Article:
On the basis of METTL3-dependent c-MYC protein induction, we evaluated the effect of the combination of METTL3 depletion and c-MYC inhibition on cell death and proliferation. c-MYC was inhibited using the small molecule JQ1, a selective bromodomain inhibitor able to block the c-MYC inducer BRD4 [49,50,51,52]. 24 h after transfection with siRNAs siC or siMETTL3, we treated cells with JQ1 (3 μM) for additional 48 h. We observed reduced proliferation and increased cell death in the combined compared to individual treatment (Fig. 6B and Additional file 5: Fig. S5B). Analysis of c-MYC protein level in the same experimental condition is shown in Fig. 6C (right) and Additional file 5: Fig. S5A.

This result suggests that a block of c-MYC cooperates with METTL3 depletion, impinging on cell viability and proliferation, and highlighting this axis as a promising target to be exploited for the treatment of TET.


This study focused on the study of a specific enzyme, METTL3, and its role in Thyimic epithelial tumors (TETs). METTL3, the main component of the m6A methyltransferase complex, plays a crucial role in many biological processes especially in tumorigenesis, either dependently on or independently from its m6A RNA methyltransferase activity[53, 54].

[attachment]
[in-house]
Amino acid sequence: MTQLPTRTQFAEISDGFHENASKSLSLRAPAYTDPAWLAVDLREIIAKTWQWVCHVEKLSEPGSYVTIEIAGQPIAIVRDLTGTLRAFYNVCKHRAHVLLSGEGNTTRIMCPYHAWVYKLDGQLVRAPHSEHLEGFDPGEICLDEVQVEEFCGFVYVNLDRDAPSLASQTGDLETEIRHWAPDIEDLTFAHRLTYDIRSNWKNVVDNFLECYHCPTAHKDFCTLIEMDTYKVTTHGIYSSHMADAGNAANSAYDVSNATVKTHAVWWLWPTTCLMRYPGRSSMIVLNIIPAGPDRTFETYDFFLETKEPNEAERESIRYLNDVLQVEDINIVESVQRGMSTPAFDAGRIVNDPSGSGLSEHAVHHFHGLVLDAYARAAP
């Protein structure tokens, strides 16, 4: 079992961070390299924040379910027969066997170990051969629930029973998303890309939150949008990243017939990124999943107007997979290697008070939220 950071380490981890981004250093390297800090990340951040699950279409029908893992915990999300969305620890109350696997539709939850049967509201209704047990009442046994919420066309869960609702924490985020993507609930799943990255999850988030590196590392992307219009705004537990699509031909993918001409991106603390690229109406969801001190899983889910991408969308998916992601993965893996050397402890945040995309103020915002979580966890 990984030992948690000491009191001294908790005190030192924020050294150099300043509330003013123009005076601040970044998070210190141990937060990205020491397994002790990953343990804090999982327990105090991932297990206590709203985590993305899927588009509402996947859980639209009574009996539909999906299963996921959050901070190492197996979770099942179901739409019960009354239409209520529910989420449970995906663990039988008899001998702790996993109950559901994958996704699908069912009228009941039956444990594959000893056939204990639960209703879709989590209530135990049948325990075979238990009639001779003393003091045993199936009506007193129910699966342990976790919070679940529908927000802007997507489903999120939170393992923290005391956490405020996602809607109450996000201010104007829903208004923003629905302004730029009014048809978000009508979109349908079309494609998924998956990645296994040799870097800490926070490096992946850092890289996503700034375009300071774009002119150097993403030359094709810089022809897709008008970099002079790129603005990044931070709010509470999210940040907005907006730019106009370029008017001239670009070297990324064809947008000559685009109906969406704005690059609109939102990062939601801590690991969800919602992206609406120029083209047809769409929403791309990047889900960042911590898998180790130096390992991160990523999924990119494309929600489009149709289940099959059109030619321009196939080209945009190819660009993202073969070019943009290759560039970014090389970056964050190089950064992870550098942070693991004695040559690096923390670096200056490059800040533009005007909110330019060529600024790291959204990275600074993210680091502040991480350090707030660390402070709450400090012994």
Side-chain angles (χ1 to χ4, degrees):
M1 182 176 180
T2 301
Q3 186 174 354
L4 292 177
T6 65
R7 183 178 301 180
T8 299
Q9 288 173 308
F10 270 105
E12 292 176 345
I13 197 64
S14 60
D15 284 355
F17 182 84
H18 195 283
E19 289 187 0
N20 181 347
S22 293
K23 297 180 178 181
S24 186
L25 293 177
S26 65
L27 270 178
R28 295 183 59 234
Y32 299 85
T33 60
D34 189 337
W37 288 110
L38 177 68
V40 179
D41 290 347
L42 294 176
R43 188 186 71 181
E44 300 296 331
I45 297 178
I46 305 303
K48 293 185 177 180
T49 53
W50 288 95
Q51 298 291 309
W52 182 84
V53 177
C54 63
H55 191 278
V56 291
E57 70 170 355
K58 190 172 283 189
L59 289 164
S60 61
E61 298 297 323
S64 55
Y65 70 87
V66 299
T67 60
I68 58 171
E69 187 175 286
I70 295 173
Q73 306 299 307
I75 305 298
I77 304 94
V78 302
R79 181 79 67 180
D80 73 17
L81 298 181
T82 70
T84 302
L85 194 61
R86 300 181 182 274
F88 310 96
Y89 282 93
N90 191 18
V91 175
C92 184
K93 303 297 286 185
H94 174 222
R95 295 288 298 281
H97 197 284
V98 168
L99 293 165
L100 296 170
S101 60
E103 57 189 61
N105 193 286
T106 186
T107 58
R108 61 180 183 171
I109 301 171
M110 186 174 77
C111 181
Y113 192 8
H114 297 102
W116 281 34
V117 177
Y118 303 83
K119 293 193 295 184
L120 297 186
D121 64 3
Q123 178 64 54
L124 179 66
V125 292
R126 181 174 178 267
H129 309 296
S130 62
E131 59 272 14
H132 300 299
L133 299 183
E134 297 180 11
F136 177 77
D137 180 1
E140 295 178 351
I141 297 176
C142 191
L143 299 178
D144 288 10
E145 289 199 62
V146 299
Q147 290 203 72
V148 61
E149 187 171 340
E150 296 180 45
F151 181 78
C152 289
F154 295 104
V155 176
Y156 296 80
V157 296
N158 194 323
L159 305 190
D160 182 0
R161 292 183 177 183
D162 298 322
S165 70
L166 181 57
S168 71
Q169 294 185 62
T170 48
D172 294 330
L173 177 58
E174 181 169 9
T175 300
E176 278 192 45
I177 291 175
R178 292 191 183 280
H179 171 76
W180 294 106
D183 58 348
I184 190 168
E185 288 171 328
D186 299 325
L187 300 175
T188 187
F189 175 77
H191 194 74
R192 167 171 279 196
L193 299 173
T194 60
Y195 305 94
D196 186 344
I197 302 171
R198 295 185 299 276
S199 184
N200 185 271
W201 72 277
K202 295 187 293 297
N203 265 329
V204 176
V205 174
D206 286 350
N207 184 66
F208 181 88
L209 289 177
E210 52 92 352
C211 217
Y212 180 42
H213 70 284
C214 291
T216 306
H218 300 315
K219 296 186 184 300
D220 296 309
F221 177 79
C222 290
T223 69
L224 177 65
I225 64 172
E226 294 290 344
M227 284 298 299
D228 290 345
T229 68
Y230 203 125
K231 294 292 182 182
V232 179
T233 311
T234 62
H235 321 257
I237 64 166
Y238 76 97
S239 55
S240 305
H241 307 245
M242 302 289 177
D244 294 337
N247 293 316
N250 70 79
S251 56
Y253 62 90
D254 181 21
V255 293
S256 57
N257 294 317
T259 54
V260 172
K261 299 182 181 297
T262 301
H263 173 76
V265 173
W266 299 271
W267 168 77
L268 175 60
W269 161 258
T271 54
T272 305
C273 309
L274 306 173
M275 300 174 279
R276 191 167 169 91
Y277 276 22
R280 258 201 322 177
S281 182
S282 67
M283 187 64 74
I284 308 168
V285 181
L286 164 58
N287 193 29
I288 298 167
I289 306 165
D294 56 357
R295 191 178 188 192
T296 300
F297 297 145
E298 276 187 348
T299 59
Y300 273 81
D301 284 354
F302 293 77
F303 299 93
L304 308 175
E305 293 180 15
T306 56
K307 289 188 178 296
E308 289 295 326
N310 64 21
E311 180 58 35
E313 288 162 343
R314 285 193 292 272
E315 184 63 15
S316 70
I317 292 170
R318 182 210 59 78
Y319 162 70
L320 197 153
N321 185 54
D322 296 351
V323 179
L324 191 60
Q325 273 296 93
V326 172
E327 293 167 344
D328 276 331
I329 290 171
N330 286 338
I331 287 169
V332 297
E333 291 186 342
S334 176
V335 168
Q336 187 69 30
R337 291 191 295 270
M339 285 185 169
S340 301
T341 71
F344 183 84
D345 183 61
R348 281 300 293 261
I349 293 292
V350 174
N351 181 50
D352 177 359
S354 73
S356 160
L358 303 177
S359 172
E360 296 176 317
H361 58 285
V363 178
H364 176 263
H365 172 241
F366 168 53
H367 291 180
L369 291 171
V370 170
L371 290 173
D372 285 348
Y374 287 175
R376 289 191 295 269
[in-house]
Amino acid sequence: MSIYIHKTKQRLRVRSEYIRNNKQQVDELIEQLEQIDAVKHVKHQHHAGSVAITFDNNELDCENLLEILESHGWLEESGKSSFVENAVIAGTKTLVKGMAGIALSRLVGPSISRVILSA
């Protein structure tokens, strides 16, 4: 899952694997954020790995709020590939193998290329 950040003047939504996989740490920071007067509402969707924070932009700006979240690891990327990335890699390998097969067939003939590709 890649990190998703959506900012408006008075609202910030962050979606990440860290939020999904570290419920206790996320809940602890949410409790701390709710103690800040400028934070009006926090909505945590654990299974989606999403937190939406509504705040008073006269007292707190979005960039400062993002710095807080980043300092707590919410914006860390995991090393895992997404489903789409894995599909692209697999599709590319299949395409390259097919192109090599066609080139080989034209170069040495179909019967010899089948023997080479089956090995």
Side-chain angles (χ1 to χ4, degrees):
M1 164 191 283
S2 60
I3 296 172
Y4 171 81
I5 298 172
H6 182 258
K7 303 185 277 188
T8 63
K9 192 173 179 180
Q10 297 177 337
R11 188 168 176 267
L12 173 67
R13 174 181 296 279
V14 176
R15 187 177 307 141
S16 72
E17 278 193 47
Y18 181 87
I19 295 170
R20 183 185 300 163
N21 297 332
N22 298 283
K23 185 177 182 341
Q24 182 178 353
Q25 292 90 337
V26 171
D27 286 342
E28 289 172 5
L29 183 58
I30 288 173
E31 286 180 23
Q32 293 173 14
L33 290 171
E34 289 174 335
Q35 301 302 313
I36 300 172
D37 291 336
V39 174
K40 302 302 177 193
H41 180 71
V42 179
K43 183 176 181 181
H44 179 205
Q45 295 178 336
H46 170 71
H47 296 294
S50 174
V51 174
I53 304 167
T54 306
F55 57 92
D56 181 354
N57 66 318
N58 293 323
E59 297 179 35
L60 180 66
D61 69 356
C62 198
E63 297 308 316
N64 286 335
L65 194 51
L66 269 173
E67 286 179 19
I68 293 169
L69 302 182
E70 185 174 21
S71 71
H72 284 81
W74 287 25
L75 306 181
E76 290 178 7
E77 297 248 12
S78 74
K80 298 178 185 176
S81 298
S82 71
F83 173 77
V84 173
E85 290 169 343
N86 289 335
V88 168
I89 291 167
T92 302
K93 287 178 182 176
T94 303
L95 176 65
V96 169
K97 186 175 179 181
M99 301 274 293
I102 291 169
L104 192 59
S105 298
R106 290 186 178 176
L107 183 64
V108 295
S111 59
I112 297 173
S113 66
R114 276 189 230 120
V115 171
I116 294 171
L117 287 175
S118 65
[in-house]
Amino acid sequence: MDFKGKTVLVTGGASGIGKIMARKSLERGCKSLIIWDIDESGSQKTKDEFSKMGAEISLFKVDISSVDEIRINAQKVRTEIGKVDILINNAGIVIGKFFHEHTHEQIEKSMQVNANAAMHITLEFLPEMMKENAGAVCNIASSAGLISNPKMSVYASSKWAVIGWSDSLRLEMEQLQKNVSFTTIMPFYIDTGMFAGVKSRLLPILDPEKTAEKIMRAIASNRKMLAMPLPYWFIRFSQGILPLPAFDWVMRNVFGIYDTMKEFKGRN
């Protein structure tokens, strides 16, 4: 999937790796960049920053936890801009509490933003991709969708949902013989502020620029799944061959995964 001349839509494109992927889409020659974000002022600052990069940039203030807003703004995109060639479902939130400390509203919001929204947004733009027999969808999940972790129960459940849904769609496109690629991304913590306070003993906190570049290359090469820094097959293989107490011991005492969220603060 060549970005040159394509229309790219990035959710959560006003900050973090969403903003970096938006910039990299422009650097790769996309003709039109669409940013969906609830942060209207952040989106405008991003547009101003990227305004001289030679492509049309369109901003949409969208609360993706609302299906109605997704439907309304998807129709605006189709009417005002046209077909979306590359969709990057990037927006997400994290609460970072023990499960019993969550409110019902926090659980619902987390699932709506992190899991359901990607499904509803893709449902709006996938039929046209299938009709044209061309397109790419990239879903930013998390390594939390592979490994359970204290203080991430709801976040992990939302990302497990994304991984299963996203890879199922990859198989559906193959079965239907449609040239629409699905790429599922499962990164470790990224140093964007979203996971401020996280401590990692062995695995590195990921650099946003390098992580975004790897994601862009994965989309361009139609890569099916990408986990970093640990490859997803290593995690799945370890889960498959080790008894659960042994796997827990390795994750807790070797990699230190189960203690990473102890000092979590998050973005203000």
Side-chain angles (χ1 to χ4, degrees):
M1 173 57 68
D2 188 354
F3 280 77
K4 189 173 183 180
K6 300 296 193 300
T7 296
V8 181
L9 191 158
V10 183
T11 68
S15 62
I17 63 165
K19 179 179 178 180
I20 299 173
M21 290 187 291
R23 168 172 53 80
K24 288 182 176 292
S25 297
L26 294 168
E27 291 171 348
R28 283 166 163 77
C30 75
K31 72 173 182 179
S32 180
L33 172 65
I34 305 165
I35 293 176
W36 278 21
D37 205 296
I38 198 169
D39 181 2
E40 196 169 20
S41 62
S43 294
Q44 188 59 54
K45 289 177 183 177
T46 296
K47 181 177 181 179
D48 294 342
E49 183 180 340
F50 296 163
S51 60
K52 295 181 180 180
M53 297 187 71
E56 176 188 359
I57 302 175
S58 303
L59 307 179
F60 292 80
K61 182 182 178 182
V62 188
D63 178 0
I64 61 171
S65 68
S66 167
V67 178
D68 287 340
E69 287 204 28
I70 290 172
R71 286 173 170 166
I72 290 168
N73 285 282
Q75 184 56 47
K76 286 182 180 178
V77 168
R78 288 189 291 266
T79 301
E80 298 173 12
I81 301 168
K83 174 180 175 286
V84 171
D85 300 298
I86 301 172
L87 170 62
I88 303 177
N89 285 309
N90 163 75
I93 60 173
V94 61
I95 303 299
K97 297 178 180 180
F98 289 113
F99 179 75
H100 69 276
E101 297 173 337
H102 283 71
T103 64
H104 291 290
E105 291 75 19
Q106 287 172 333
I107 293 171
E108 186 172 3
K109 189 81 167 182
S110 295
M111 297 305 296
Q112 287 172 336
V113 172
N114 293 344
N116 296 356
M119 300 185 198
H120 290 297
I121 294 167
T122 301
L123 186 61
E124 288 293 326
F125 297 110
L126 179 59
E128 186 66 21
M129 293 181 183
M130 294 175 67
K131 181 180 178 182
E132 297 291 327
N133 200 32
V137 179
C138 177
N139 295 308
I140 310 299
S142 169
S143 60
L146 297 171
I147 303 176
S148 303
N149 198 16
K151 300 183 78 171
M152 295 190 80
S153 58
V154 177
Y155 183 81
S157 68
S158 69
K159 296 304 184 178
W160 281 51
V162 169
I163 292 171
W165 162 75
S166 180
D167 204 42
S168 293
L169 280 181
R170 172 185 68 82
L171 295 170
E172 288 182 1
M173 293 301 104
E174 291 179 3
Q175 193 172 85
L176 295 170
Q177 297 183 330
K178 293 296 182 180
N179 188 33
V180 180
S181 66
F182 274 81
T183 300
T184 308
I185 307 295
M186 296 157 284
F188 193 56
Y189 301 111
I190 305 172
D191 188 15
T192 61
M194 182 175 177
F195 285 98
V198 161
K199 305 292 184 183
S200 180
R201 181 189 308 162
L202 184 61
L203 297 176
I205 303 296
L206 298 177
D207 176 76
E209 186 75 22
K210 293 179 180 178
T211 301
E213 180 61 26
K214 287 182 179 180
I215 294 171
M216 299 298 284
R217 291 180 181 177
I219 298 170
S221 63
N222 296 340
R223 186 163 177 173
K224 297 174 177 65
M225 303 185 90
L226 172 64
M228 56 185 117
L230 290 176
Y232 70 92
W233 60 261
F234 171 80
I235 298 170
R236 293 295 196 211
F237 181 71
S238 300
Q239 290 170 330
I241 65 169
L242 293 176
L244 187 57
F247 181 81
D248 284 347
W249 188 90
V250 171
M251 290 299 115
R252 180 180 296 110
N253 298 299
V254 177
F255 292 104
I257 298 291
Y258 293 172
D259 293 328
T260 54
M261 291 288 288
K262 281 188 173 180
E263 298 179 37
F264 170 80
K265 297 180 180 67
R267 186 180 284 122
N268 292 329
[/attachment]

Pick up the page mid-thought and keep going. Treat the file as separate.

As described in a variety of studies [55, 56], METTL3 is expressed at higher level in tumor tissues compared to normal and we demonstrate here that it is up-regulated also in TETs tissues. As the role of METTL3 in Thymoma and Thymic carcinoma is currently uncharacterized, we first analyzed the effects of METTL3 silencing on the thymic tumor phenotype, using TC1889 cells obtained from a Thymic carcinoma, highlighting the requirement of METTL3 expression for proliferation and high translation rate. At molecular level, METTL3 is responsible for the high expression and phosphorylation of crucial proteins which control translation, such as the mTOR-dependent S6K1, S6 and 4EBP1. Specifically, silencing of METTL3 decreases the basal and phosphorylated forms of S6K while reducing only the phosphorylated form of S6; this suggests that reduction of P-S6 is a consequence of S6K modulation by METTL3. It has been previously proposed that METTL3 activity is fundamental for normal cell survival; an important limitation of this study is represented by the lack of normal thymic cells analysis upon METTL3 depletion. Further studies focused on normal thymic epithelial cells will clarify whether or not the identified networks are specific to TET cells.